[20:03] So there’s obviously a few key pieces of data to solve this problem, particularly what type of technology is it. So is it a pump? What brand of pump is it, for example? Those things all matter. When we started looking at the dataset, there was roughly 1,600 unique values for the type of technology, when we knew that it really boiled down to about 12 or 14. So one of the first problems that we tackled with that was just some basic natural language processing to try to match categories together. And that was something that we had done by hand originally, and today we’re actually automating that process now through the use of Paxata, which is our automated data prep tool. That’s been a big step forward, as we moved from version 1.0 of the solution to version 2.0 in the future.
So back to your original question - my first thought was we need to organize and clean the data, and the second one is “How do we frame this to make it a useful problem down the road?” We had to identify what variables would be really important to this, and a couple things jump out that are available to us, namely location, the age of the water point, as well as the technology and the source, and the community interaction with it. From there, we built our first predictive model.
Gotcha. And you did mention the problems with data in the non-profit world, and humans gathering this data, which I guess isn’t also specific to the non-profit world… But I know for us a lot of times it’s hard – especially in developing countries, you wonder about like “If I want this data”, but the only access I have to that type of data was data that was gathered four years ago, or something… You wonder about “What’s updated since then?” In this case, how is this data being generated? Is it people just going out into the field and marking down where the water points are, and that sort of thing? Is there actual instrumentation on some of this stuff?
Yeah, that’s a fantastic and very important question, and it was subtle in the data… So that was one of the first things I asked Brian, “How does this data come about?” And there’s a couple different ways. One way is from large national efforts, national assessments. This is something that we came across in countries like Swaziland and Sierra Leone. But also, you have manual input by smaller groups, like local NGOs or local non-profits. They’re uploading it.
What was the magic behind Brian’s idea was he was going to build a standardized way of capturing this information. So no matter how they were keeping their own records, they had a common format to upload it in, to maintain these key fields.
I’m curious, some of that data coming in – we talked a bit here so far about the textual data… I remember earlier in the conversation you mentioned something about images as well. Did you have a mixture of different types of data? Was imagery used as input, or was it mostly text-oriented?
The image data has always been there. There’s S3 Buckets or Dropbox files that are storing this image data… But we really haven’t leveraged that much until I guess within the last two months or so at DataRobot. At first, our original models contained both text, numeric and categorical data, and as we’ve expanded, we began to integrate image data. Like I said, we’ve released our visual AI platform at DataRobot which allows us to incorporate images into the modeling, which is something we’re currently exploring and is really interesting.
In fact, an interesting use case from that is if I have an image that’s uploaded, but perhaps someone forgot to fill out the field of the technology, can we train a classifier to say that this image is actually a hand pump, or it’s a rainstand? Can we use image analysis as an intermediate step into data augmentation and cleaning?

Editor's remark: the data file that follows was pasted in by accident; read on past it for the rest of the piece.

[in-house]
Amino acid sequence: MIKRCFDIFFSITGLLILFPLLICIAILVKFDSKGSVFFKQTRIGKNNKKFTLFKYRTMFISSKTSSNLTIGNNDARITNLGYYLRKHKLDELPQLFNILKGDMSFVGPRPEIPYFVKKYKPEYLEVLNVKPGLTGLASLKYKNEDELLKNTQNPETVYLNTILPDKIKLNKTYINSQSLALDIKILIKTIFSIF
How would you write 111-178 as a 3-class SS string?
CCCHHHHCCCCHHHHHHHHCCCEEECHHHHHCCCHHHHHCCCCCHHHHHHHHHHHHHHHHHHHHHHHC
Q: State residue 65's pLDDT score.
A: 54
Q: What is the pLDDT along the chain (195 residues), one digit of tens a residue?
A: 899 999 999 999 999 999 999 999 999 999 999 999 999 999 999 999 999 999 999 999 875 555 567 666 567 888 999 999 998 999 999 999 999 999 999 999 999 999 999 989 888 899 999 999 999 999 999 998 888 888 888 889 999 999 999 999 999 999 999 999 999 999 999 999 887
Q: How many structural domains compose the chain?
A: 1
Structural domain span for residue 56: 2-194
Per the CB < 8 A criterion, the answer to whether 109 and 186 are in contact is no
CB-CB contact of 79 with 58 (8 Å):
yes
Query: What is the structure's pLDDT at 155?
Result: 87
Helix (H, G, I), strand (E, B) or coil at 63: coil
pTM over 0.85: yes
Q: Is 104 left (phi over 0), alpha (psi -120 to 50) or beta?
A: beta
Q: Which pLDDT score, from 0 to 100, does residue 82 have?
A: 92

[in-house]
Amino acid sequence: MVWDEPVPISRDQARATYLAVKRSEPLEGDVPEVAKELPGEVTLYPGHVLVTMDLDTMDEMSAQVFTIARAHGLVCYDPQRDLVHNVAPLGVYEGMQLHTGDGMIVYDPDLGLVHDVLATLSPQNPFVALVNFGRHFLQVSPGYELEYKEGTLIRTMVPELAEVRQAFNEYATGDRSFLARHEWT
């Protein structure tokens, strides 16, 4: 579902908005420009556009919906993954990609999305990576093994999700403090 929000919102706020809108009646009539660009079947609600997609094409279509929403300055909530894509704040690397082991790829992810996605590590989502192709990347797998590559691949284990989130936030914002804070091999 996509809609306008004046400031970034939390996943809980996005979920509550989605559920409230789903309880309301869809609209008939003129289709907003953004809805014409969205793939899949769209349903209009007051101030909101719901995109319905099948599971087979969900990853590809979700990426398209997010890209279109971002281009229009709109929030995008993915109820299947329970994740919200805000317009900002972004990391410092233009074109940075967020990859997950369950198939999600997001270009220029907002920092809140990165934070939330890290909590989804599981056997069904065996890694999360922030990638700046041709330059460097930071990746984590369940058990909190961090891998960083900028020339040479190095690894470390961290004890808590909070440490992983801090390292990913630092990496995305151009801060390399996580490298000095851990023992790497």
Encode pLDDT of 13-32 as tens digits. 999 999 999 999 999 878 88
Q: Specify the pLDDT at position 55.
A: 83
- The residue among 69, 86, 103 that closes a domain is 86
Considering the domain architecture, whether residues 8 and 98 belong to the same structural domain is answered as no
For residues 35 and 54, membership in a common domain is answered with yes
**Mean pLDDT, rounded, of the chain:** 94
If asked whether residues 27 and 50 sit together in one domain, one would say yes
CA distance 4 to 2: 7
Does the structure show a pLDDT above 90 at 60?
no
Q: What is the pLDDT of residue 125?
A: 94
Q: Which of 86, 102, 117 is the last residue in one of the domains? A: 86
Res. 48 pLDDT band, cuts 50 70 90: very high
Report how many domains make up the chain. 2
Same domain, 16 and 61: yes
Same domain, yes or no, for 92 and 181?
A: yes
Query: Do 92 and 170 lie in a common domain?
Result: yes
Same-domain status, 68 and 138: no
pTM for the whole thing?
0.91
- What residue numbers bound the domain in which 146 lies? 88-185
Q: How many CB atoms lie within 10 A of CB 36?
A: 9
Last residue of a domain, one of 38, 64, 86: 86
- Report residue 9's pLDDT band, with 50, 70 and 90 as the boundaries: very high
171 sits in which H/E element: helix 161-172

[24:08] On that front, let’s say at least in version one of what you did in predicting these water point failures, after you had done some of this NLP and you started getting into thinking about how to predict these failures, what ended up being a good way to do that, or a way that you found out how to do that, and what portions of that data ended up being good predictors of that behavior?
Looking at the problem, we realized that there was some country to country variation… But some common things popped out. The data that turned out to be the most predictive across the board was the age of the water point, so certainly its function over time was certainly dependent on – there was a strong relationship to how old it was, who installed it, whether it was from a private, government, or sometimes a non-profit was also predictive in certain areas… As well as also strong local effects. We saw things like the region of the water point having a relationship to life. Places that were far away from the large city in that country may have low access to parts, and in some places they would tend to have a shorter life, all else being equal. Those were some of the things that jumped out at us.
As you were engaging in this process and recognizing some of these constraints that you’ve talked about, was this particular engagement, in this AI for Good charitable approach - was it more or less the same as other data science projects, in terms of you’re still getting data, you’re prepping the data, and running it through your model… Or was there anything in your mind that distinguished it as something onto itself, something a bit different from your typical business scenario that you might otherwise be engaged in? I was curious if they were essentially all the same, or if there was something that made that stick out, from a process standpoint?
When we began engaging with the Global Water Challenge, we were just treating them like a regular customer. There was no AI for Good program formulated at that time, they were just being treated like a regular customer, and our job at DataRobot, at the time as customer-facing data scientists, was to enable them to own their own solutions. That involved teaching them how to fish. Working with Brian to help frame his problem better, understand the data with him, and then talking through all the blind spots and gaps in the modeling process that would come up along the way, along with helping him interpret his model.